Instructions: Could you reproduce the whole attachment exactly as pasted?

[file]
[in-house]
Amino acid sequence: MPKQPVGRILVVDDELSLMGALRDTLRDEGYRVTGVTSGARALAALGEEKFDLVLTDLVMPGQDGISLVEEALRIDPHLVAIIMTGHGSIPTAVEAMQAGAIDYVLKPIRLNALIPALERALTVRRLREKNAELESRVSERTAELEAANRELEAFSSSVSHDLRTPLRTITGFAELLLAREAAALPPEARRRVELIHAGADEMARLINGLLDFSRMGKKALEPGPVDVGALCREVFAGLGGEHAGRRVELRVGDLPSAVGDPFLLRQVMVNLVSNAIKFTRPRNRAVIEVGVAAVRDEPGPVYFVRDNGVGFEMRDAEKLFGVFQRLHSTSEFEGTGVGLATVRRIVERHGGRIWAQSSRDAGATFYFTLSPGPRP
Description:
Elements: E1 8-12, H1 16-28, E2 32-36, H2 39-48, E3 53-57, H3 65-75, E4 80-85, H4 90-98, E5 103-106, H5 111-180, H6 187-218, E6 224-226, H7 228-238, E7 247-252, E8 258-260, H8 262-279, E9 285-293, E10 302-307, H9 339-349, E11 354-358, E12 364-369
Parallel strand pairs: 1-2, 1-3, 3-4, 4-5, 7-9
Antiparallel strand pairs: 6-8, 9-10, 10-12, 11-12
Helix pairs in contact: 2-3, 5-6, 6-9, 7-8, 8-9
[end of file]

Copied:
[in-house]
Amino acid sequence: MPKQPVGRILVVDDELSLMGALRDTLRDEGYRVTGVTSGARALAALGEEKFDLVLTDLVMPGQDGISLVEEALRIDPHLVAIIMTGHGSIPTAVEAMQAGAIDYVLKPIRLNALIPALERALTVRRLREKNAELESRVSERTAELEAANRELEAFSSSVSHDLRTPLRTITGFAELLLAREAAALPPEARRRVELIHAGADEMARLINGLLDFSRMGKKALEPGPVDVGALCREVFAGLGGEHAGRRVELRVGDLPSAVGDPFLLRQVMVNLVSNAIKFTRPRNRAVIEVGVAAVRDEPGPVYFVRDNGVGFEMRDAEKLFGVFQRLHSTSEFEGTGVGLATVRRIVERHGGRIWAQSSRDAGATFYFTLSPGPRP
Description:
Elements: E1 8-12, H1 16-28, E2 32-36, H2 39-48, E3 53-57, H3 65-75, E4 80-85, H4 90-98, E5 103-106, H5 111-180, H6 187-218, E6 224-226, H7 228-238, E7 247-252, E8 258-260, H8 262-279, E9 285-293, E10 302-307, H9 339-349, E11 354-358, E12 364-369
Parallel strand pairs: 1-2, 1-3, 3-4, 4-5, 7-9
Antiparallel strand pairs: 6-8, 9-10, 10-12, 11-12
Helix pairs in contact: 2-3, 5-6, 6-9, 7-8, 8-9